His close connection with Edward through his several titles and manifestations is one of the great ironies of Lascelles’ long life and career in Royal service. His character as depicted in The Crown is that of a stern, ‘stuffed shirt’ of a man with an unpleasant personality, rather shallow, and lacking in sensitivity. Despite, how little I knew of Lascelles, except intuitively, I sensed the depiction was not accurate. My reading of his own words as recorded in his daily journal, letters and other documents confirm my sense of who he really was: thoughtful, sensitive, a good judge of character, and with a timely sense of humor to lighten a too-serious moment when needed in conversation or conference. It is noteworthy that he and King George VI were on exceptionally good terms, the king, who suffered from a speech impediment, being especially grateful for Lascelles’ “encouraging” attitude.
However, King’s Counselor, also reveals Lascelles as a man of his times, and perhaps his particular culture, in a disturbing way. In 1947, in the midst of a Royal Tour to The Union of South Africa, in a letter to his wife Joan back in England, he describes a “country of supreme beauty” where he might be “quite glad to live … if only it wasn’t for the blacks” who greatly outnumber “whites.”
Also, in journal entries near the end of the Second Worlds War, his lack of empathy for the countless victims of massive Allied bombing of German and Japanese cities was more than disturbing: it showed the extent to which war can bring out the worst, even in basically good people. Lascelles’ journal entries themselves stopped after the war ended. I hope he found it in him to feel differently about those attitudes.
The moment I found most touching in King’s Counselor was what Lascelles wrote in a letter to a friend dated January 30, 1965. He had just attended Winston Churchill’s funeral service which he called “deeply moving,” adding, “I cried a good deal. I was very fond of the old man, who was, for many years, abundantly kind to me. And I am more sure than I am of future life that, but for him, I should not be sitting here a free man.”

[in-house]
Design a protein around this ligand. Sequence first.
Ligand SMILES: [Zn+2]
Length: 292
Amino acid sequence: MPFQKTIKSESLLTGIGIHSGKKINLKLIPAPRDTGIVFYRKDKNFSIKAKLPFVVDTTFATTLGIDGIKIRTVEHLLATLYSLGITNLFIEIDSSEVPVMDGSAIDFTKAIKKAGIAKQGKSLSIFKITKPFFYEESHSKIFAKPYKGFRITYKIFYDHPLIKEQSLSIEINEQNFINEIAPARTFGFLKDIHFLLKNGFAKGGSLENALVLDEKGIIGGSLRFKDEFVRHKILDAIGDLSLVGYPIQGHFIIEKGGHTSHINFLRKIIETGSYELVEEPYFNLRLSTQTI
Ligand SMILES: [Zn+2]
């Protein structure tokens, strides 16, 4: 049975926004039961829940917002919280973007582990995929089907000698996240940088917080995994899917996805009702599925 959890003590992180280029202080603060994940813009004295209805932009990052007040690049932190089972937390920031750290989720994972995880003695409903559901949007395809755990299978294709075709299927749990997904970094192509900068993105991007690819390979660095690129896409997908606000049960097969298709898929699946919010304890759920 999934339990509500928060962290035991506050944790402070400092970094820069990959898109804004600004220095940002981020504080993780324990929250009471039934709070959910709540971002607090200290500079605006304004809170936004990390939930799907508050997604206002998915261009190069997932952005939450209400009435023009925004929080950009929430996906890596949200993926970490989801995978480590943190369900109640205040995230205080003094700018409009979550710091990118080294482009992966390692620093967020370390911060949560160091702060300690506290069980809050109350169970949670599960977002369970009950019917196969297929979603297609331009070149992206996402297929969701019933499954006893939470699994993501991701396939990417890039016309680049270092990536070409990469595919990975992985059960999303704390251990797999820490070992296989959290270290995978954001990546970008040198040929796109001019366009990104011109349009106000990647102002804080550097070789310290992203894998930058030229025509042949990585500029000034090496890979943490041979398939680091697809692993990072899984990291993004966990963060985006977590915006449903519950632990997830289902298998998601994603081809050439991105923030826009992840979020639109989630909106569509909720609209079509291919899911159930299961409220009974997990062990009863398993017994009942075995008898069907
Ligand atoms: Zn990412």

King’s Counselor is the most recent of a series of several books based on Lascelles’ journal and other papers stored in the Royal Archives. As Hart-Davis, the editor of the books notes, Archive officials were stubbornly reluctant to permit publication of certain documents for the second book, In Royal Service, published in 1989, which included an earlier period of Lascelles’ royal service; but it did not include a “devastating retrospective assessment of the Prince’s character and behaviour,” Hart-Davis wrote in an introduction to the 2020 edition of King’s Counsellor. Both that edition, and the earlier 2006 edition of the same book contain that revealing document, which corrected errors in the previous historic record.
For example, Lascelles shot down the prevailing sentiment that Edward, “a lonely bachelor, ‘fell deeply in love’ for the first time in his life with the soulmate for whom he had long been waiting.” Lascelles called that “moonshine,” adding, “he was never out of the thrall of one female after another. There was always a grande affaire and, coincidentally, as I know to my cost, an unbroken series of petites affaires, contracted and consummated in whatever highways and byways of the Empire he was traversing at the moment.”
I will say I found that interesting as well: apparent proof that it was entirely possible Edward, Prince of Wales, before he became Edward VIII, and then the Duke of Windsor, left inconvenient, illegitimate children behind him as he travelled the Empire; one in particular, and under circumstances that cast a long shadow to this day.